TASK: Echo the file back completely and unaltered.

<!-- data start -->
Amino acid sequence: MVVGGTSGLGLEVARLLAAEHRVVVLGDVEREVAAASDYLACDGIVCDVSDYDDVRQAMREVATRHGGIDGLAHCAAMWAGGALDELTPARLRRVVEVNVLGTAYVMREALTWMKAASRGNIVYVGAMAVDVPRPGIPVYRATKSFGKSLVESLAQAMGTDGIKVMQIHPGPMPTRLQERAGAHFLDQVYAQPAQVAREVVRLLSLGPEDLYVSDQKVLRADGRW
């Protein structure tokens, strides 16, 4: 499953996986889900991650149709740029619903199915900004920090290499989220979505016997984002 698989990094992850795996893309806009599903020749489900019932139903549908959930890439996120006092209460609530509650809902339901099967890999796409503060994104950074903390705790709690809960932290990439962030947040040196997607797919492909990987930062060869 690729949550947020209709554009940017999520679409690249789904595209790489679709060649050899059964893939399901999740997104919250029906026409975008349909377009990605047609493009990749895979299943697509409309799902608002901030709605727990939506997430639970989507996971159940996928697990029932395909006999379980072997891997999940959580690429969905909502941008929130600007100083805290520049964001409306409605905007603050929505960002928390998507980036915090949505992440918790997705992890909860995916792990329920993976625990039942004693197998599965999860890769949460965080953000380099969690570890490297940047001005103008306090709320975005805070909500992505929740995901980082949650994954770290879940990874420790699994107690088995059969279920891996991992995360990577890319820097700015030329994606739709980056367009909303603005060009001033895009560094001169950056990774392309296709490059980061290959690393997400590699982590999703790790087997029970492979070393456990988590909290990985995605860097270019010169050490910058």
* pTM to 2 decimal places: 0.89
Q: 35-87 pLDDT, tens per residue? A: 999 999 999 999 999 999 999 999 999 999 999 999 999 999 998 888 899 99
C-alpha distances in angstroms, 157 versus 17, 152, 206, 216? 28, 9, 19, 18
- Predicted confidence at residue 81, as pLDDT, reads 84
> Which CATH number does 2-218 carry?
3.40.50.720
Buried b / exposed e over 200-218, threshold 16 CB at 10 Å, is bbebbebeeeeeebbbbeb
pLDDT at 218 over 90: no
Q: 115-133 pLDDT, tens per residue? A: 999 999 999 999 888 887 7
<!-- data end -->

Amino acid sequence: MVVGGTSGLGLEVARLLAAEHRVVVLGDVEREVAAASDYLACDGIVCDVSDYDDVRQAMREVATRHGGIDGLAHCAAMWAGGALDELTPARLRRVVEVNVLGTAYVMREALTWMKAASRGNIVYVGAMAVDVPRPGIPVYRATKSFGKSLVESLAQAMGTDGIKVMQIHPGPMPTRLQERAGAHFLDQVYAQPAQVAREVVRLLSLGPEDLYVSDQKVLRADGRW
């Protein structure tokens, strides 16, 4: 499953996986889900991650149709740029619903199915900004920090290499989220979505016997984002 698989990094992850795996893309806009599903020749489900019932139903549908959930890439996120006092209460609530509650809902339901099967890999796409503060994104950074903390705790709690809960932290990439962030947040040196997607797919492909990987930062060869 690729949550947020209709554009940017999520679409690249789904595209790489679709060649050899059964893939399901999740997104919250029906026409975008349909377009990605047609493009990749895979299943697509409309799902608002901030709605727990939506997430639970989507996971159940996928697990029932395909006999379980072997891997999940959580690429969905909502941008929130600007100083805290520049964001409306409605905007603050929505960002928390998507980036915090949505992440918790997705992890909860995916792990329920993976625990039942004693197998599965999860890769949460965080953000380099969690570890490297940047001005103008306090709320975005805070909500992505929740995901980082949650994954770290879940990874420790699994107690088995059969279920891996991992995360990577890319820097700015030329994606739709980056367009909303603005060009001033895009560094001169950056990774392309296709490059980061290959690393997400590699982590999703790790087997029970492979070393456990988590909290990985995605860097270019010169050490910058």
* pTM to 2 decimal places: 0.89
Q: 35-87 pLDDT, tens per residue? A: 999 999 999 999 999 999 999 999 999 999 999 999 999 999 998 888 899 99
C-alpha distances in angstroms, 157 versus 17, 152, 206, 216? 28, 9, 19, 18
- Predicted confidence at residue 81, as pLDDT, reads 84
> Which CATH number does 2-218 carry?
3.40.50.720
Buried b / exposed e over 200-218, threshold 16 CB at 10 Å, is bbebbebeeeeeebbbbeb
pLDDT at 218 over 90: no
Q: 115-133 pLDDT, tens per residue? A: 999 999 999 999 888 887 7